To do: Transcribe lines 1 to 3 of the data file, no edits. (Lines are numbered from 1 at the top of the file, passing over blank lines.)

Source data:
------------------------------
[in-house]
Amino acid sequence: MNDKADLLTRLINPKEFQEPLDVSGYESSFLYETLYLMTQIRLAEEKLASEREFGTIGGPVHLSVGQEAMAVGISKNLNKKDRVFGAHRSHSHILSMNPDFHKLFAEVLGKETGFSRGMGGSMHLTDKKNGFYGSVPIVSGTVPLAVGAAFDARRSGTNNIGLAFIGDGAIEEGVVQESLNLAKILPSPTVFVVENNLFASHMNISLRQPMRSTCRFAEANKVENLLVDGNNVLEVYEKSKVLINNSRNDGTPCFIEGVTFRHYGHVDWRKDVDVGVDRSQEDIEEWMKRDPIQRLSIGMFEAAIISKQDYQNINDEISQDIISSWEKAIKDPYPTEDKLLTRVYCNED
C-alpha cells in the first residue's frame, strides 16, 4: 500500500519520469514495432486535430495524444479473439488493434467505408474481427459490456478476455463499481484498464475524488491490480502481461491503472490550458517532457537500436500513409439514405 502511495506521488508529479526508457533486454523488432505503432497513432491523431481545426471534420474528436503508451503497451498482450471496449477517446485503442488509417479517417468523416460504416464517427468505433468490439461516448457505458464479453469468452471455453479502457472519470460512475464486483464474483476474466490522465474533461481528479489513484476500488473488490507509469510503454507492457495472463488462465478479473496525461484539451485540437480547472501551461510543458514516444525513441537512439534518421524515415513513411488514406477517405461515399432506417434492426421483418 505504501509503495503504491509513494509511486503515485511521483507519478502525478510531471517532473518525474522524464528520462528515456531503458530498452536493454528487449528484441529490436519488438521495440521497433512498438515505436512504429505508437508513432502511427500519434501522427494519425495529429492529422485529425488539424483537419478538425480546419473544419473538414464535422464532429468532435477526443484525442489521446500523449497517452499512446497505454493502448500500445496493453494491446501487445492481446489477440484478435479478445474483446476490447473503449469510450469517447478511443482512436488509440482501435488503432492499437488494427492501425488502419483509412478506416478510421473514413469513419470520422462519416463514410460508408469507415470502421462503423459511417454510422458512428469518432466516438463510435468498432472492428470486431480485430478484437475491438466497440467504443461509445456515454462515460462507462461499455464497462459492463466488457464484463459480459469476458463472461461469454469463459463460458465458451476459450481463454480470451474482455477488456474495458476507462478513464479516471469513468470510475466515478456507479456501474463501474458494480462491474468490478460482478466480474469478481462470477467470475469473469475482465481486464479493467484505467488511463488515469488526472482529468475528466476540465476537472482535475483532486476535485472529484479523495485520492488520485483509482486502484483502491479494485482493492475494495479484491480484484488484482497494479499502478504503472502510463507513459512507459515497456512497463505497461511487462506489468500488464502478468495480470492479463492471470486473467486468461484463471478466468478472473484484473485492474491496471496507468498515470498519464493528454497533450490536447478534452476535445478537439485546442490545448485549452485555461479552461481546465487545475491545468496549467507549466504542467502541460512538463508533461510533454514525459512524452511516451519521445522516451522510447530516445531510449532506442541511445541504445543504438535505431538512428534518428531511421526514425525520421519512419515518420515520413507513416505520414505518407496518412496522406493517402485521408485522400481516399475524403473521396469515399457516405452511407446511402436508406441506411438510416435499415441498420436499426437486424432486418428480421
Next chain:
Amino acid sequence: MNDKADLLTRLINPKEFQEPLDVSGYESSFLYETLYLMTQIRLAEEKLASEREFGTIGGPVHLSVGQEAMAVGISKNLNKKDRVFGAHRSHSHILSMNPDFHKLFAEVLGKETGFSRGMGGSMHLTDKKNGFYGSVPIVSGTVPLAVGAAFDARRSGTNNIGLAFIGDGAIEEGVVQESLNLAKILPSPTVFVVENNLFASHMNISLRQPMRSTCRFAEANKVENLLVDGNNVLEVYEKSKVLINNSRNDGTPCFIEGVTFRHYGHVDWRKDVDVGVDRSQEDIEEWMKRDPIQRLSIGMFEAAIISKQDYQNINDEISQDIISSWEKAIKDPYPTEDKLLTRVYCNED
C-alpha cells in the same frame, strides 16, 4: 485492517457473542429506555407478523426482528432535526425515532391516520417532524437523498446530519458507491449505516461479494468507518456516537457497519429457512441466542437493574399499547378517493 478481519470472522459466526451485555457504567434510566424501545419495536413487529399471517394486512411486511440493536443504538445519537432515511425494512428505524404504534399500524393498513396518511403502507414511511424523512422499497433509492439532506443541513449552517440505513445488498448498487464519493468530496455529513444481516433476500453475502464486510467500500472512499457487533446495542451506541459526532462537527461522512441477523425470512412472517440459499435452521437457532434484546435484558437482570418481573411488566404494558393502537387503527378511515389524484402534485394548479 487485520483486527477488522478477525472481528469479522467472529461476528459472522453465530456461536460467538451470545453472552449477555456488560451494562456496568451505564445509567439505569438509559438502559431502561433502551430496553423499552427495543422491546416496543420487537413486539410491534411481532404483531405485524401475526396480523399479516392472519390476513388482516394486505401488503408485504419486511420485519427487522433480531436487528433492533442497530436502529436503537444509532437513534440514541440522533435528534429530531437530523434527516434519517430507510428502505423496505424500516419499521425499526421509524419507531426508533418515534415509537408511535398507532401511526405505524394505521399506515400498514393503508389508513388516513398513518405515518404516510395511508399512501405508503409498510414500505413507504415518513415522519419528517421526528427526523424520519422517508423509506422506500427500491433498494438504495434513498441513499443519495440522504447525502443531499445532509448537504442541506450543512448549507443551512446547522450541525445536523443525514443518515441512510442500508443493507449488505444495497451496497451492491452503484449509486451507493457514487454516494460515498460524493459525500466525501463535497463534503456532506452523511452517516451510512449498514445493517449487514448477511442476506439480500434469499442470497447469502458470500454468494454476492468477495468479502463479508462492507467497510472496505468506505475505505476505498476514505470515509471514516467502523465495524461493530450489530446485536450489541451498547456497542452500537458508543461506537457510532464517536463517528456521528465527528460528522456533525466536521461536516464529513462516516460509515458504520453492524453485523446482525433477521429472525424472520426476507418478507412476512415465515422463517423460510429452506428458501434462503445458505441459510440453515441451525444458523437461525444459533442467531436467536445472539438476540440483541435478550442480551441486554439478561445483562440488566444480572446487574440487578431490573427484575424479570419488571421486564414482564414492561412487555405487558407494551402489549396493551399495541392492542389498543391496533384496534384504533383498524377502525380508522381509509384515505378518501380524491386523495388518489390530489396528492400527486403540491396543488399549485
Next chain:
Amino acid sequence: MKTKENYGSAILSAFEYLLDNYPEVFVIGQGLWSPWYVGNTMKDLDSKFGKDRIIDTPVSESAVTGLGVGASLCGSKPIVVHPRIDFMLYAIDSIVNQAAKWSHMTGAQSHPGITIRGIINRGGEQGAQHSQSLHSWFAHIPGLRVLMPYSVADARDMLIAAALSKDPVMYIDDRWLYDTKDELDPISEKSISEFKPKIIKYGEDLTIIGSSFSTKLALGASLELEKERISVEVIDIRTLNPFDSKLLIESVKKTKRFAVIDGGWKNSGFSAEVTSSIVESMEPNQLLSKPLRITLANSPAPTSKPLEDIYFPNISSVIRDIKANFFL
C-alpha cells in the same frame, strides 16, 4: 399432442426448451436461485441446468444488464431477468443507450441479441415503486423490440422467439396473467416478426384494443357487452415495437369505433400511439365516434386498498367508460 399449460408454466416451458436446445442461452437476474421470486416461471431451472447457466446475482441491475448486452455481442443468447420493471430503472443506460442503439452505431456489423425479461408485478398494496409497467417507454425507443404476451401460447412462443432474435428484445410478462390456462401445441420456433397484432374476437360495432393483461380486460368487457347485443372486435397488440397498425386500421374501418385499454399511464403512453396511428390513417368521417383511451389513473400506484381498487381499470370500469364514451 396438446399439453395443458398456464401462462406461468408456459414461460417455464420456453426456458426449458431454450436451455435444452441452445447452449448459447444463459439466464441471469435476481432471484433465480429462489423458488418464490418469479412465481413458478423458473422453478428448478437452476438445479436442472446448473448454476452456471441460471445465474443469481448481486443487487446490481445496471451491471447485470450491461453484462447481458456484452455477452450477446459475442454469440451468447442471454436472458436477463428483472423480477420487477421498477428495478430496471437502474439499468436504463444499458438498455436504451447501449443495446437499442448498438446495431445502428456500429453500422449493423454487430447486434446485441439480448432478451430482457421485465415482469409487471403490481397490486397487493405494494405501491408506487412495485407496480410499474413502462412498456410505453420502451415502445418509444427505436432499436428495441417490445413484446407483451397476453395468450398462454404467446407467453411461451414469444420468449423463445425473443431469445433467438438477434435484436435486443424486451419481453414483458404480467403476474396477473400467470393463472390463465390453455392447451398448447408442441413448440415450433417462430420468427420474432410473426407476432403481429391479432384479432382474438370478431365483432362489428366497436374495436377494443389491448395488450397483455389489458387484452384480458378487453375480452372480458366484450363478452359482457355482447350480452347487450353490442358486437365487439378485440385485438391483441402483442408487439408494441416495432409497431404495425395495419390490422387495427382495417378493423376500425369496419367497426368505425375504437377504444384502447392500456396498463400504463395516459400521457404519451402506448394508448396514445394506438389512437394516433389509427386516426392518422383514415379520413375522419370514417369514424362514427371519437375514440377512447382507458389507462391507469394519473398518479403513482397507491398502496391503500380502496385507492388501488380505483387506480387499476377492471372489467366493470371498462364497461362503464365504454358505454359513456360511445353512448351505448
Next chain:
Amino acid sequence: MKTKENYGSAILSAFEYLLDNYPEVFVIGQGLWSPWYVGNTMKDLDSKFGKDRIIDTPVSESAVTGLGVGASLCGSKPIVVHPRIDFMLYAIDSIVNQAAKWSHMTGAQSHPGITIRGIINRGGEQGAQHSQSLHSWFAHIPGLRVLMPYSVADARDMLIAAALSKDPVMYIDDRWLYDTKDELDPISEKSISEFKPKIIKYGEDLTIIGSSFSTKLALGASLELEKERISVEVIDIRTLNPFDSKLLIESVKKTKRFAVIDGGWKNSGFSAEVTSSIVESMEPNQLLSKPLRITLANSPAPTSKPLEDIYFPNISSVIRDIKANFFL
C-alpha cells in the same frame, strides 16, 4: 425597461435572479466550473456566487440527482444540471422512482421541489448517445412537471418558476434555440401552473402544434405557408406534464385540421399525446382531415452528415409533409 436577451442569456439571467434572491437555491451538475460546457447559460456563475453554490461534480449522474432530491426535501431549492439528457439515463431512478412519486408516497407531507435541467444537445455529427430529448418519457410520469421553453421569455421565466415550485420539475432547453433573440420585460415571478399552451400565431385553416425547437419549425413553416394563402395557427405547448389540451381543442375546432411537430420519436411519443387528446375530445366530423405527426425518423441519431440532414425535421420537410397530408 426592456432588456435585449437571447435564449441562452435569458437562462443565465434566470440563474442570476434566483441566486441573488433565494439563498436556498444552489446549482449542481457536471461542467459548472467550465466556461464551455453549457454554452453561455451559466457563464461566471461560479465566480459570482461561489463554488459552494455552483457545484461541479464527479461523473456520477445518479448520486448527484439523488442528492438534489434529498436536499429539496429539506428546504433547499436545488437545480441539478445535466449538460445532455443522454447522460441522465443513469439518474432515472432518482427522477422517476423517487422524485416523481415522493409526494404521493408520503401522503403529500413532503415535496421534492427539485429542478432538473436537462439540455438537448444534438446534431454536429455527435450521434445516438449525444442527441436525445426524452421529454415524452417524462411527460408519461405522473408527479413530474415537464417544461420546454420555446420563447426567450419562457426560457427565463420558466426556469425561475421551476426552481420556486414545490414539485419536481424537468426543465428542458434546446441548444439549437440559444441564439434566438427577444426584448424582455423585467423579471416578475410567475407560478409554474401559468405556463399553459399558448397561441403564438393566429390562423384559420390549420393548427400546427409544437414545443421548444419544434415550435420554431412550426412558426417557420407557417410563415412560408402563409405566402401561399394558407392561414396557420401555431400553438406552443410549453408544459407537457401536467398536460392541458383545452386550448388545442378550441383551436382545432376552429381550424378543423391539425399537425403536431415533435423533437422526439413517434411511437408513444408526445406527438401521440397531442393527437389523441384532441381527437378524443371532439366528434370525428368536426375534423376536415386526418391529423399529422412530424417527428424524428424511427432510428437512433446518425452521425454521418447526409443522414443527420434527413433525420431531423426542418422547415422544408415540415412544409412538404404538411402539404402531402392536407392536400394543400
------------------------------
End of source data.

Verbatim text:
[in-house]
Amino acid sequence: MNDKADLLTRLINPKEFQEPLDVSGYESSFLYETLYLMTQIRLAEEKLASEREFGTIGGPVHLSVGQEAMAVGISKNLNKKDRVFGAHRSHSHILSMNPDFHKLFAEVLGKETGFSRGMGGSMHLTDKKNGFYGSVPIVSGTVPLAVGAAFDARRSGTNNIGLAFIGDGAIEEGVVQESLNLAKILPSPTVFVVENNLFASHMNISLRQPMRSTCRFAEANKVENLLVDGNNVLEVYEKSKVLINNSRNDGTPCFIEGVTFRHYGHVDWRKDVDVGVDRSQEDIEEWMKRDPIQRLSIGMFEAAIISKQDYQNINDEISQDIISSWEKAIKDPYPTEDKLLTRVYCNED
C-alpha cells in the first residue's frame, strides 16, 4: 500500500519520469514495432486535430495524444479473439488493434467505408474481427459490456478476455463499481484498464475524488491490480502481461491503472490550458517532457537500436500513409439514405 502511495506521488508529479526508457533486454523488432505503432497513432491523431481545426471534420474528436503508451503497451498482450471496449477517446485503442488509417479517417468523416460504416464517427468505433468490439461516448457505458464479453469468452471455453479502457472519470460512475464486483464474483476474466490522465474533461481528479489513484476500488473488490507509469510503454507492457495472463488462465478479473496525461484539451485540437480547472501551461510543458514516444525513441537512439534518421524515415513513411488514406477517405461515399432506417434492426421483418 505504501509503495503504491509513494509511486503515485511521483507519478502525478510531471517532473518525474522524464528520462528515456531503458530498452536493454528487449528484441529490436519488438521495440521497433512498438515505436512504429505508437508513432502511427500519434501522427494519425495529429492529422485529425488539424483537419478538425480546419473544419473538414464535422464532429468532435477526443484525442489521446500523449497517452499512446497505454493502448500500445496493453494491446501487445492481446489477440484478435479478445474483446476490447473503449469510450469517447478511443482512436488509440482501435488503432492499437488494427492501425488502419483509412478506416478510421473514413469513419470520422462519416463514410460508408469507415470502421462503423459511417454510422458512428469518432466516438463510435468498432472492428470486431480485430478484437475491438466497440467504443461509445456515454462515460462507462461499455464497462459492463466488457464484463459480459469476458463472461461469454469463459463460458465458451476459450481463454480470451474482455477488456474495458476507462478513464479516471469513468470510475466515478456507479456501474463501474458494480462491474468490478460482478466480474469478481462470477467470475469473469475482465481486464479493467484505467488511463488515469488526472482529468475528466476540465476537472482535475483532486476535485472529484479523495485520492488520485483509482486502484483502491479494485482493492475494495479484491480484484488484482497494479499502478504503472502510463507513459512507459515497456512497463505497461511487462506489468500488464502478468495480470492479463492471470486473467486468461484463471478466468478472473484484473485492474491496471496507468498515470498519464493528454497533450490536447478534452476535445478537439485546442490545448485549452485555461479552461481546465487545475491545468496549467507549466504542467502541460512538463508533461510533454514525459512524452511516451519521445522516451522510447530516445531510449532506442541511445541504445543504438535505431538512428534518428531511421526514425525520421519512419515518420515520413507513416505520414505518407496518412496522406493517402485521408485522400481516399475524403473521396469515399457516405452511407446511402436508406441506411438510416435499415441498420436499426437486424432486418428480421